The courtyard of Hotel Harmony in Khajuraho is a quiet respite from the bustling city outside its walls. It’s modest, clean, and even has a lovely little rooftop café. The people there are used to tourists who come to visit the thousand year old temples on the edge of town. These temples are known for their numerous sophisticated sculptures of daily life at the time – including erotic sculptures that look far less emblematic of daily life than of feats many of us only attempt a couple of times in our lifetime. Often with limited success.
The touts on the street are practiced hucksters, surrounding tourists sometimes five at a time, chatting them up or attempting to sell them Karma Sutra playing cards or key chains. The afternoon we arrived, Pat kept responding to the touts, “I know… all of the Karma Sutra.” The collusive chuckle that followed only gave us a moment’s break before the huckster patter resumed.
In the morning, we planned on taking a tuk-tuk to avoid the hassle. A tuk-tuk costs about fifty cents for a short ride. After breakfast, however, Spencer became nauseous. Stomach troubles are routine for westerners in India so we decided that Spencer should stay in the hotel room with Pat watching cricket on the little television in our room, while I went with Murphy and Keir’s family to see the temples. Then I could stay with Spencer in the afternoon while Pat saw the temples by himself.
I was concerned about Spencer being ill, but a part of me was relieved that I wouldn’t have to explain or deal with the erotic imagery with my ten-year-old boy. Avoidance is not the best parenting technique for dealing with awkward subjects, but it’s certainly a universal one.
We bought tickets and slipped onto the well-maintained grounds with stretches of grass that the young ones could run on. After deflecting the touts at the gates, the grounds were even more serene than they had seemed from the road. We saw several temples jutting toward the sky. People walked the pathways from temple to temple quietly in groups. When we reached the first group of temples, we removed our shoes and walked up cool steps to various sanctums, honoring Shiva, who is often called the god of destruction. Later, I heard him referred to as the god of transformation, which was easier for me to understand since Shiva does take numerous forms.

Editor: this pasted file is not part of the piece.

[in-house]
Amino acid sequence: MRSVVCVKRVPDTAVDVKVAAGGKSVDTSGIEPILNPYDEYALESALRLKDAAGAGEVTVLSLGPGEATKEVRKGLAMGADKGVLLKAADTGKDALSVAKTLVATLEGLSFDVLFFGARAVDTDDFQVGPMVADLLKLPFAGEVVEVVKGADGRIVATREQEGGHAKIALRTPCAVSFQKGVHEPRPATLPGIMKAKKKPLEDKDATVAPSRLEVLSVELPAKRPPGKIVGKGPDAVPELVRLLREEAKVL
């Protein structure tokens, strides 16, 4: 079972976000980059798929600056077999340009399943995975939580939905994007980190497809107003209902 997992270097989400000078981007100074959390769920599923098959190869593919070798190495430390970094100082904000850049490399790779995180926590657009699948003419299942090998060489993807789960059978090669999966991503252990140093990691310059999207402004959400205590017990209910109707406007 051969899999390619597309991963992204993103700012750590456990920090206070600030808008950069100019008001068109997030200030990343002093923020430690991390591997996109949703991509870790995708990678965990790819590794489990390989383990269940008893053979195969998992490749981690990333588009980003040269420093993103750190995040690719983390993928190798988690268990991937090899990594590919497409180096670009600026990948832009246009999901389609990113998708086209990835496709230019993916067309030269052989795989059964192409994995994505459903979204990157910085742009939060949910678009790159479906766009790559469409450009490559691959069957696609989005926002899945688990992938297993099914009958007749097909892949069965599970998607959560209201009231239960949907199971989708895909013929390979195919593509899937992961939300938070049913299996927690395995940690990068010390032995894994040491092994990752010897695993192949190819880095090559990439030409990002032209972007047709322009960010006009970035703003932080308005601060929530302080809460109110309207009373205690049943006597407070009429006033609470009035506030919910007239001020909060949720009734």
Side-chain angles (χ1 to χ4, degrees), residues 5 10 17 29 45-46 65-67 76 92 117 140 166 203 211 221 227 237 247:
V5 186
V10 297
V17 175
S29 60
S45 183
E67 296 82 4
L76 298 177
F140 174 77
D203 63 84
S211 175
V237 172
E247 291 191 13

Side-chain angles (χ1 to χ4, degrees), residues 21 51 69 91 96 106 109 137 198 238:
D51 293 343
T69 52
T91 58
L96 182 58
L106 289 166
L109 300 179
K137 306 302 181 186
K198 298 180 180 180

Murphy and Zoe ran up and down the steps to several temples, exclaiming, “Here’s a bull” or “A snake!” Keir, Robyn, and I took turns listening to the audio guide which gave information about several of the sculptures. About the erotic ones, the male voice told us that enjoying physical pleasure was one of the tenants of Hinduism. He also stressed that the sculptures were a celebration of procreation, which would have been very important to a race of people struggling to survive in eleventh century, India.
Again, I enjoyed the blurring between sacred, profane, and quotidian. Children bounding up the steps, flopping on thousand-year-old religious artifacts. I couldn’t imagine kids being allowed the same kind of license in a European cathedral from the same era. Murphy didn’t pause at the erotic images that the male audio voice told us showed lovers, “enjoying many pleasures and showing a sense of humor.” I wondered if this must be doubly true when one of the lovers was a horse, as was the case a few times.